Elephant poachers could be Zambians


Albertina Nakale, New Era

Date Published

Following the latest poaching incident in which four elephants were
poached on Thursday evening at Kasika Conservancy in the Zambezi
Region, preliminary investigations show that the suspects crossed into
Zambia and it is therefore assumed that the perpetrators are of
Zambian origin.

This was revealed yesterday by the spokesman of the Ministry of
Environment and Tourism, Romeo Muyunda, who described the escalation
in poaching as unfortunate.

Of the four poached jumbos at Kasika, east of Katima Mulilo, two are
bulls and two are cows.
Muyunda confirmed that the ministry’s staff members responded to the
incident and found that all the tusks were removed by the poachers.

“So far no arrest has been made, but we are working closely with the
Zambian wildlife authorities in an effort to track and find the
suspects. Further investigations in the case continue,” Muyunda noted.

The ministry appealed to the general public with information that may
lead to the arrest of the suspects or any other suspect of wildlife
crime, to contact the nearest police station or the environment
ministry offices.

“Poaching is robbing us of valuable resources that might be crucial
for our economic development and therefore needs to be stopped as a
matter of urgency,” he stated.

Nampa reported that residents who reside close to the conservancy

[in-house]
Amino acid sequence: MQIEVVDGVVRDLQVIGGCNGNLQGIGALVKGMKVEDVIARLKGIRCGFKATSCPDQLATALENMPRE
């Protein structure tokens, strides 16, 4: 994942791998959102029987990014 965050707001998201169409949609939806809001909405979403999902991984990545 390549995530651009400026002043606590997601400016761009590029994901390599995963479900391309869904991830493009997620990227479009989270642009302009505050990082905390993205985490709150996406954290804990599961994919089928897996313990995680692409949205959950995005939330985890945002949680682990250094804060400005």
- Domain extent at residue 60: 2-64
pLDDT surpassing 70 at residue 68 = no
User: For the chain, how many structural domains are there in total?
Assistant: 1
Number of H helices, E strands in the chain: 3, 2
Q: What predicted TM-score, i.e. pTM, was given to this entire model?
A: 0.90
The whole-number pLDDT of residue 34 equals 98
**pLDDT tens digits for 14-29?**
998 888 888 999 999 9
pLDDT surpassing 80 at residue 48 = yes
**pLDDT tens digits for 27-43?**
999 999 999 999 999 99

heard gunshots and alerted the police.

Despite Cabinet’s 2014 resolution to allow the country’s security
forces to be involved in the fight against poaching and other crimes
threatening wildlife, the Ministry of Environment and Tourism has not
roped in such forces yet as is the case with neighbouring Botswana
where its defence force is deployed strategically around that
country’s national parks and shoot poachers on sight.

In 2014, the former Environment and Tourism Minister Uahekua Herunga
had announced that Cabinet had granted permission to allow the
security forces to be involved in the fight against poaching and other
crimes threatening the country’s wildlife.

Of late, the public have been questioning why the Ministry of
Environment and Tourism is not requesting the Namibian Defence Force
(NDF) to avail some soldiers, whom they say are idle in bases, to
national parks to assist with anti-poaching operations.

When approached for comment recently, Muyunda said: “No, we are not
considering the deployment of soldiers at the moment.”

However, he said, the ministry has a good working relationship with
the NDF and other law enforcement agencies such as the Namibian Police
and the Namibia Central Intelligence Services, amongst others, in the
fight against poaching.

When asked on the estimates of the rhino population in Namibia, he
said that unfortunately the ministry cannot give such information,
citing security reasons.

“But from near extinction in the 1960s, Namibia now has the largest
free-ranging population of black rhinos in the world,” he noted.

According to him, Namibia’s elephant population is currently between
20 000 – 25 000, with more than 28 elephants killed this year alone.